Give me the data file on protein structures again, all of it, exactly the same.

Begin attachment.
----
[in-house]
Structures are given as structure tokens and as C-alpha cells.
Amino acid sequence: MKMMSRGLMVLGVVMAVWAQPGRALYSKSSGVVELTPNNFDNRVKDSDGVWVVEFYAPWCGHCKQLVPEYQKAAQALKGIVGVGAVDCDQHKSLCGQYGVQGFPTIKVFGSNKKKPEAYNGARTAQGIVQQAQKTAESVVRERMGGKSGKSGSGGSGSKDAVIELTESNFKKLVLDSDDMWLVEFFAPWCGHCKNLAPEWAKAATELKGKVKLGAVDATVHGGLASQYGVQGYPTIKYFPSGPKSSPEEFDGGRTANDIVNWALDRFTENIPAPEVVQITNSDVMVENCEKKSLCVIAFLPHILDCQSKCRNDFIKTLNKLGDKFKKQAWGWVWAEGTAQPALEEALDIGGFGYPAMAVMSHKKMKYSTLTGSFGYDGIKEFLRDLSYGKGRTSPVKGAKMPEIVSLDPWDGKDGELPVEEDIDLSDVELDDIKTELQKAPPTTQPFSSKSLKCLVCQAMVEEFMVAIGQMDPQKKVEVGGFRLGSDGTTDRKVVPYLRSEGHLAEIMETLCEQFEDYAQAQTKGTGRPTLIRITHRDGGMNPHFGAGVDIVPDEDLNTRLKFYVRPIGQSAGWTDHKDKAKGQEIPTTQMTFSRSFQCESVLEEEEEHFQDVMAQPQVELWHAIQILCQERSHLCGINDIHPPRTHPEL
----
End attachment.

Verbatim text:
[in-house]
Structures are given as structure tokens and as C-alpha cells.
Amino acid sequence: MKMMSRGLMVLGVVMAVWAQPGRALYSKSSGVVELTPNNFDNRVKDSDGVWVVEFYAPWCGHCKQLVPEYQKAAQALKGIVGVGAVDCDQHKSLCGQYGVQGFPTIKVFGSNKKKPEAYNGARTAQGIVQQAQKTAESVVRERMGGKSGKSGSGGSGSKDAVIELTESNFKKLVLDSDDMWLVEFFAPWCGHCKNLAPEWAKAATELKGKVKLGAVDATVHGGLASQYGVQGYPTIKYFPSGPKSSPEEFDGGRTANDIVNWALDRFTENIPAPEVVQITNSDVMVENCEKKSLCVIAFLPHILDCQSKCRNDFIKTLNKLGDKFKKQAWGWVWAEGTAQPALEEALDIGGFGYPAMAVMSHKKMKYSTLTGSFGYDGIKEFLRDLSYGKGRTSPVKGAKMPEIVSLDPWDGKDGELPVEEDIDLSDVELDDIKTELQKAPPTTQPFSSKSLKCLVCQAMVEEFMVAIGQMDPQKKVEVGGFRLGSDGTTDRKVVPYLRSEGHLAEIMETLCEQFEDYAQAQTKGTGRPTLIRITHRDGGMNPHFGAGVDIVPDEDLNTRLKFYVRPIGQSAGWTDHKDKAKGQEIPTTQMTFSRSFQCESVLEEEEEHFQDVMAQPQVELWHAIQILCQERSHLCGINDIHPPRTHPEL